Each week or two, we post a new excerpt from the latest edition of Bucknuts The Magazine.
BTM has evolved from humble beginnings as a 32-page magazine into its current format as a 64-page magazine. It is published 10 times a year (monthly from September through April, then once in the Spring and Summer).
The magazine retails for $4.95 on newsstands. We also sell annual subscriptions to the magazine on the Internet for $39.95.
But the best deal going is our annual subscription bundle. For $99.95, you get a full year of BTM as well as access to all of the premium content and message boards on Bucknuts.com. Subscriptions to the web site, itself, are priced at $9.95 per month. So, for roughly $100 you receive the value of almost $160 between the web site and magazine.
In each issue of Bucknuts The Magazine, we have in-depth features on Ohio State football players, coaches and prospects. We also have analysis pieces on the Buckeyes as well as their opponents, the Big Ten and college football world in general. Plus, we have features on OSU athletes in a variety of sports, including men's and women's basketball, hockey, wrestling, baseball and other sports.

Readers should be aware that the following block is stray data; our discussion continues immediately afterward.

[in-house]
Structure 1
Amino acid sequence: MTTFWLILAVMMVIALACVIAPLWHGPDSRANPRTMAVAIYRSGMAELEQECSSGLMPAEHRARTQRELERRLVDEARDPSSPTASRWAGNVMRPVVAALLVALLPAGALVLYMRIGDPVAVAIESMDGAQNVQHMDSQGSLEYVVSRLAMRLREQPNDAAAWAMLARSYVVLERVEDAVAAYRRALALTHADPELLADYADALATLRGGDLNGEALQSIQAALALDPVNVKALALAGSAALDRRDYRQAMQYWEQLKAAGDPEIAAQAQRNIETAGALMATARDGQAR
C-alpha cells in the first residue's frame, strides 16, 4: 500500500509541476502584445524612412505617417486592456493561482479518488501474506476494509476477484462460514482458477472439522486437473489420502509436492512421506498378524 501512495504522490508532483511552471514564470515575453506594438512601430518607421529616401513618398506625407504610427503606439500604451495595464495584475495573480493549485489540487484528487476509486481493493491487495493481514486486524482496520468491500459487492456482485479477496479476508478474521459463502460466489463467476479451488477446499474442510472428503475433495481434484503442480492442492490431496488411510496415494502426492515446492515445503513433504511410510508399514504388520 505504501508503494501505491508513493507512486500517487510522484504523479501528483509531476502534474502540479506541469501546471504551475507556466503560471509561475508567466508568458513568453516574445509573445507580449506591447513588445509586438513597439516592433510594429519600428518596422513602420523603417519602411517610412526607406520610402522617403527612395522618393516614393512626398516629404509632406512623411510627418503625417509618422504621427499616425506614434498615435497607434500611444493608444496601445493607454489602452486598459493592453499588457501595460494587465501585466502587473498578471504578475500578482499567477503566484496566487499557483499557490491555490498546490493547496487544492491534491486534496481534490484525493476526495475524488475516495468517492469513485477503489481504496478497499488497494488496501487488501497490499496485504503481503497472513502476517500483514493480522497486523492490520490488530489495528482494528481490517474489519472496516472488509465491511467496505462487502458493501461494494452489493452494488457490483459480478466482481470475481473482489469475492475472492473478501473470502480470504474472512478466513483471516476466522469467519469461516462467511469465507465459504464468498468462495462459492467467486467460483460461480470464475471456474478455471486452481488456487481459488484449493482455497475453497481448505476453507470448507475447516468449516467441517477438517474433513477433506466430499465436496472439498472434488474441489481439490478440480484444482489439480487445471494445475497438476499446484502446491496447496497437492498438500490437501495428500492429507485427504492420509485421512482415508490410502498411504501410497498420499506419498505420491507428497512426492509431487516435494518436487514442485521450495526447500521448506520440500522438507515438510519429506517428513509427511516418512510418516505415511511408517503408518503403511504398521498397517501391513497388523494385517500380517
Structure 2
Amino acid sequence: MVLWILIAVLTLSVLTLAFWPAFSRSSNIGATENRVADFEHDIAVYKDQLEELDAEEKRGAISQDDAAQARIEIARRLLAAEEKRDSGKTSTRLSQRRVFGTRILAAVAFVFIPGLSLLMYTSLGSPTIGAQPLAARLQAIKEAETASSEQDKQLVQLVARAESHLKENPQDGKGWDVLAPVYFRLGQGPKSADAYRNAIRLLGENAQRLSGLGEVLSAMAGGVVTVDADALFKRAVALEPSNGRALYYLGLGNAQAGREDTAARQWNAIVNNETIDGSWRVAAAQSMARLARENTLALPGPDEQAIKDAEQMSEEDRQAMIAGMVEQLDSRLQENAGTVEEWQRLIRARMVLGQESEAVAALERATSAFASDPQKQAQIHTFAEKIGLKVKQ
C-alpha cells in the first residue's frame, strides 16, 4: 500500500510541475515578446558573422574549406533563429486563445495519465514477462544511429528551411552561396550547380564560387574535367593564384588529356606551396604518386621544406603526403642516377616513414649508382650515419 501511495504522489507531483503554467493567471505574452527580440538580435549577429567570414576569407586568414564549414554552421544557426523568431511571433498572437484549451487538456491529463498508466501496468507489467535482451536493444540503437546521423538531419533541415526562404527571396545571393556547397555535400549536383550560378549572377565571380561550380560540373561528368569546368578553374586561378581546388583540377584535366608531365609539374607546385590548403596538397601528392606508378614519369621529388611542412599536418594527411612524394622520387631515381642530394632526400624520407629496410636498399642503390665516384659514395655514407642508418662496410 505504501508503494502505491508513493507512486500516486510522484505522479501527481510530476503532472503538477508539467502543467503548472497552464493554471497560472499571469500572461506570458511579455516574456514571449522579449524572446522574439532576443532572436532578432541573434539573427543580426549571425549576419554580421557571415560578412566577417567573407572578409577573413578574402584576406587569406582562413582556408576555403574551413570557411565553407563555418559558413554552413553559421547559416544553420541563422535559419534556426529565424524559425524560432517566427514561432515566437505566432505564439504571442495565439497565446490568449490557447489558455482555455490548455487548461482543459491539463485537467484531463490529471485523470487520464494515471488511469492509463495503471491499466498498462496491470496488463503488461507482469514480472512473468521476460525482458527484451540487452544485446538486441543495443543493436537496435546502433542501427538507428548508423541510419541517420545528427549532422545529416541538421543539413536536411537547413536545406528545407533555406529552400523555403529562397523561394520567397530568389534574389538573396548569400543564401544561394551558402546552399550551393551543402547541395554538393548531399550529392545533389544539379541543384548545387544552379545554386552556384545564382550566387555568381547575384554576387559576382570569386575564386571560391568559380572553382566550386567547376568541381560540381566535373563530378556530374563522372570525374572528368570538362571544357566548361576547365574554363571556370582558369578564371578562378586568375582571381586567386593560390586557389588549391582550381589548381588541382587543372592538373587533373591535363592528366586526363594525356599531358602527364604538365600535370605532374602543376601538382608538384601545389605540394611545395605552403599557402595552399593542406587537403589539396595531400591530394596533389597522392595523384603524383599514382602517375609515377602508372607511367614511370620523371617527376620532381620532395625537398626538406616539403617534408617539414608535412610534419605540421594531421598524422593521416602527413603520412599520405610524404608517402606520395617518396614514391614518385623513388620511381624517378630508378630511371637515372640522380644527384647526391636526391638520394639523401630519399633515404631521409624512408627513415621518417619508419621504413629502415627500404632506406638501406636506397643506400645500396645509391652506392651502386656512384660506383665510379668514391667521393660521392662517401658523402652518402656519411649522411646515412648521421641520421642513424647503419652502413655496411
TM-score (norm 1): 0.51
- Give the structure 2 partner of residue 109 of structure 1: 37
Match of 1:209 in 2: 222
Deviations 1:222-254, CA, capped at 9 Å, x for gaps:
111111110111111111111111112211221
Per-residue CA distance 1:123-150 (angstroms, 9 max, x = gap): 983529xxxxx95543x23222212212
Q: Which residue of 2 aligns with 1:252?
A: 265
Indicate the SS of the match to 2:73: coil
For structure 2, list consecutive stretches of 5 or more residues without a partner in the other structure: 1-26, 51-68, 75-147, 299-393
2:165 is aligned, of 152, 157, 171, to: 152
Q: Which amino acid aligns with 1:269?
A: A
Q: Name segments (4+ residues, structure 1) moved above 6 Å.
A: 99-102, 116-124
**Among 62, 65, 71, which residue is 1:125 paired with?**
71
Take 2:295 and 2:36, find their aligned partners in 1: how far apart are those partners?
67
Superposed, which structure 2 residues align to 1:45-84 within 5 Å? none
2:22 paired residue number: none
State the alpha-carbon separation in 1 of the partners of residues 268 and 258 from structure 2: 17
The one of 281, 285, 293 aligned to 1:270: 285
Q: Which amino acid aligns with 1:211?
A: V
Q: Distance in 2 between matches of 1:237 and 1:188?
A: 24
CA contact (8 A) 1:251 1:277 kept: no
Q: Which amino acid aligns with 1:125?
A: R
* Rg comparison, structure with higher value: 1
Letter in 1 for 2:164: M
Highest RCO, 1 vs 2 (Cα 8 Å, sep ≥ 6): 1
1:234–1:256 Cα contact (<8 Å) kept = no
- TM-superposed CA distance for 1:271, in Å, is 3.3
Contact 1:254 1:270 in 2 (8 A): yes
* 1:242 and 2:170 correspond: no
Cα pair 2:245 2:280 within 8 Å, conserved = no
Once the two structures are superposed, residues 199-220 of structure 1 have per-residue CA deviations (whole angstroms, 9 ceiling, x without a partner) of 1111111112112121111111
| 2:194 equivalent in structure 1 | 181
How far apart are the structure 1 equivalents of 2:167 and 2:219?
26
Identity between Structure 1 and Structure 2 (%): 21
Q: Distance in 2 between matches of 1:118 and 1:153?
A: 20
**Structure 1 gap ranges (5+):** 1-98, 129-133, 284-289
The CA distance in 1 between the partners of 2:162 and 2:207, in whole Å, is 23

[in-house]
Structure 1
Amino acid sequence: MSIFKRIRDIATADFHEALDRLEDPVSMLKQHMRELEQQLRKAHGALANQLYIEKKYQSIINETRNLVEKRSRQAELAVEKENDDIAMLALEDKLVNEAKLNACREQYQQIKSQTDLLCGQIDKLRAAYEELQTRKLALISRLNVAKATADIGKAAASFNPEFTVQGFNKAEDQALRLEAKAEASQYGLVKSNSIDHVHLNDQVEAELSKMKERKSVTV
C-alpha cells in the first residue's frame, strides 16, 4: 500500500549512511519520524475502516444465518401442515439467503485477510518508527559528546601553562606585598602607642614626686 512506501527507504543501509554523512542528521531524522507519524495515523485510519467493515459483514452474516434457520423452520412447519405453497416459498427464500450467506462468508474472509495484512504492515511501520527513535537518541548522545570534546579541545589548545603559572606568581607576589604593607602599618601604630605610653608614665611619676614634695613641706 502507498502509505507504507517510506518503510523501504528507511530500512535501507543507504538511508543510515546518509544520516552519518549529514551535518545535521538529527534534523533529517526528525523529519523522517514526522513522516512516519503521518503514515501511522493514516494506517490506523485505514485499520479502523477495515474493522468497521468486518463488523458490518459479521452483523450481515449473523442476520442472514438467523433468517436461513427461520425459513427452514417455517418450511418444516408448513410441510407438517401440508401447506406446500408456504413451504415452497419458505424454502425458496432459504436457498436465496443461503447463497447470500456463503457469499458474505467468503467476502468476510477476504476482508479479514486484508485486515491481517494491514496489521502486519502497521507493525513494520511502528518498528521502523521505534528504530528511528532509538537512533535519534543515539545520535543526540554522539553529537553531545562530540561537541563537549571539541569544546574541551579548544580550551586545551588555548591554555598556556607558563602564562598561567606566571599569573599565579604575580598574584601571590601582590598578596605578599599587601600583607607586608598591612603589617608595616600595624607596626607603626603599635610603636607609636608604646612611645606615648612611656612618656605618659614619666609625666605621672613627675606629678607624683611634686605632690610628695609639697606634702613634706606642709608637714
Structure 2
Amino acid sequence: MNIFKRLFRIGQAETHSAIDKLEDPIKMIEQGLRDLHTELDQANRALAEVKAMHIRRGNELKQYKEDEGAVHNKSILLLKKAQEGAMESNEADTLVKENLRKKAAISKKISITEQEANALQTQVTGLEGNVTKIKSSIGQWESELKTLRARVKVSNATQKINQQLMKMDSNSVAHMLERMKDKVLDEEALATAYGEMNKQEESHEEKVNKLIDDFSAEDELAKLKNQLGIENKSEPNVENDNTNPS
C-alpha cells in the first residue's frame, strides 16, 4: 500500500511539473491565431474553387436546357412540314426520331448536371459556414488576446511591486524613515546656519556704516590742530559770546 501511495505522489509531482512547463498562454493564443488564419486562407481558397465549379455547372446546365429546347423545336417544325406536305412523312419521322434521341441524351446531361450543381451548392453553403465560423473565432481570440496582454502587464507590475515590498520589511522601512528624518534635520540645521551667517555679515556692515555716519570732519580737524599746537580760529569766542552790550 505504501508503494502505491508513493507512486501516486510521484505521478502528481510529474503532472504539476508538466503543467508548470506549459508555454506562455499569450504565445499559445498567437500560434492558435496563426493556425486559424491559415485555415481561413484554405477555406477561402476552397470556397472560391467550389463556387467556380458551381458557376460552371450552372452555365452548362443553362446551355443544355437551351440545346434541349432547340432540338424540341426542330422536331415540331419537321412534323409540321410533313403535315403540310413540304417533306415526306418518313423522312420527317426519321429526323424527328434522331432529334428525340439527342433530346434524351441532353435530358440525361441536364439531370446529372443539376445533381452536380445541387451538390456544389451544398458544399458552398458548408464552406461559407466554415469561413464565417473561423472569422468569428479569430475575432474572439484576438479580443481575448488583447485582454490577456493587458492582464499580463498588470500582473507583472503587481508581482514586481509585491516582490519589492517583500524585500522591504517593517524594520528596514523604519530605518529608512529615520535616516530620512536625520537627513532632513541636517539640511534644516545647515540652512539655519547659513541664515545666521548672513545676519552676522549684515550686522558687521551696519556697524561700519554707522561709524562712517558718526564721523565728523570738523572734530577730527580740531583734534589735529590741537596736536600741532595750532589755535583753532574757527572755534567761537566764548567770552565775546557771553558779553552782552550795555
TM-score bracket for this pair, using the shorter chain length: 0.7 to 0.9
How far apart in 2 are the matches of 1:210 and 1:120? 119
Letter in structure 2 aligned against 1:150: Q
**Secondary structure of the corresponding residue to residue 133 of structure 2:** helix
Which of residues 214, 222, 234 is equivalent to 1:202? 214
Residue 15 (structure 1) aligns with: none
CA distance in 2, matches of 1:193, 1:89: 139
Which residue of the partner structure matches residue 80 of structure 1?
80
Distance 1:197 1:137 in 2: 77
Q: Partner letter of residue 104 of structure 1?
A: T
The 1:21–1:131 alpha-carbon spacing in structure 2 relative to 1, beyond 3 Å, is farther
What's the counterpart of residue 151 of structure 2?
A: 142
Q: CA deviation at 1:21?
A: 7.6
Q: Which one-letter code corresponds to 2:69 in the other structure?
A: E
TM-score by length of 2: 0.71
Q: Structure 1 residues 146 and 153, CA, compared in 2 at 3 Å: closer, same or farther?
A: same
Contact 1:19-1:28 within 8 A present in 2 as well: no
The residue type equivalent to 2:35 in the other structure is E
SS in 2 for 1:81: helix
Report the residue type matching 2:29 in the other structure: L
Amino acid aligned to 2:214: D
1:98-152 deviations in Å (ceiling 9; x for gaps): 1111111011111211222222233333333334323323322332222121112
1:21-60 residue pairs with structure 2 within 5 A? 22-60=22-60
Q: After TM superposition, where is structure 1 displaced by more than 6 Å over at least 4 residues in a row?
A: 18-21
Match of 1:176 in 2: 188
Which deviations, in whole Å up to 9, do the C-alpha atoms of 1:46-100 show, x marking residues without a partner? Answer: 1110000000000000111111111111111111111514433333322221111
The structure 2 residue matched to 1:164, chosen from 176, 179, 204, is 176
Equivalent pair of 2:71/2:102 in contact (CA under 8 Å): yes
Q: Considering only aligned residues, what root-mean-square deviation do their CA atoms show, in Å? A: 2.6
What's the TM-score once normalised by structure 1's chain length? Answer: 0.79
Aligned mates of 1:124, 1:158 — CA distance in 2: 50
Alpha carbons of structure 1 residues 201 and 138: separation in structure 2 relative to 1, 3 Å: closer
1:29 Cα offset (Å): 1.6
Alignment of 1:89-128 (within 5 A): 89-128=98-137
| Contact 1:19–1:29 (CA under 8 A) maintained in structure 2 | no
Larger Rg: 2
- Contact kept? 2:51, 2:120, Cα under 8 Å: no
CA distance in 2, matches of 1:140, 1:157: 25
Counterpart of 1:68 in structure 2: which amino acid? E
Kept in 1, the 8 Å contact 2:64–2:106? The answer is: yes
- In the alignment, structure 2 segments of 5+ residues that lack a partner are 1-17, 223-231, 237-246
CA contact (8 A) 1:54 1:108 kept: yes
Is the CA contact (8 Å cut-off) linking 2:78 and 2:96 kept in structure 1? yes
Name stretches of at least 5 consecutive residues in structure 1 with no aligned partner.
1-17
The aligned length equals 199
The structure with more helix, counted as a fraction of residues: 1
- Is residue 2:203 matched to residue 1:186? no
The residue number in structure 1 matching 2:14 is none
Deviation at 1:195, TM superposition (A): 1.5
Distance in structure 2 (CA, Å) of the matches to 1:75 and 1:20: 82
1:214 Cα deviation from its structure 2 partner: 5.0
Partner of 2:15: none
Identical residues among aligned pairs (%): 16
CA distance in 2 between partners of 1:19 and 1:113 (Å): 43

Headline: Swisher Sweet
By Dave Biddle
(From October 2006 issue)
However, one former Buckeye who is breaking that trend is Oakland Athletics first baseman/outfielder Nick Swisher.
Swisher, 25, has emerged as one of the young stars in the American League. Through 116 games this season, he was batting .254 with 25 home runs and 70 RBI. His average was much higher earlier in the season, but a bout with mono which caused him to drop 15 pounds might have led to a mid-summer slump.
However, Swisher is enjoying his place as an everyday starter and run-producer for the A's, who were 67-52 and led the AL West by 5.5 games over the Los Angeles Angels of Anaheim at press time.
"It's one of those things this year that this is the most fun I think I've ever had playing the game of baseball," Swisher said. "For me, I'm taking it as less of a do-or-die thing. If I have a bad game, so what, tomorrow is coming. And if I have a good game, so what, because I have to come back and do it again the next day. I think a better focus on the mental aspect of the game has really helped me and hopefully I can keep it going."
Following his outstanding three-year career at Ohio State (2000-02), Swisher was a first-round draft pick (No. 16 overall) by the A's in June 2002. (In fact, nearly an entire chapter of the book "Moneyball" was dedicated to the A's decision to draft Swisher.)
He cracked the big leagues for the first time in 2004 and batted .250 with two home runs and eight RBI in 60 at-bats.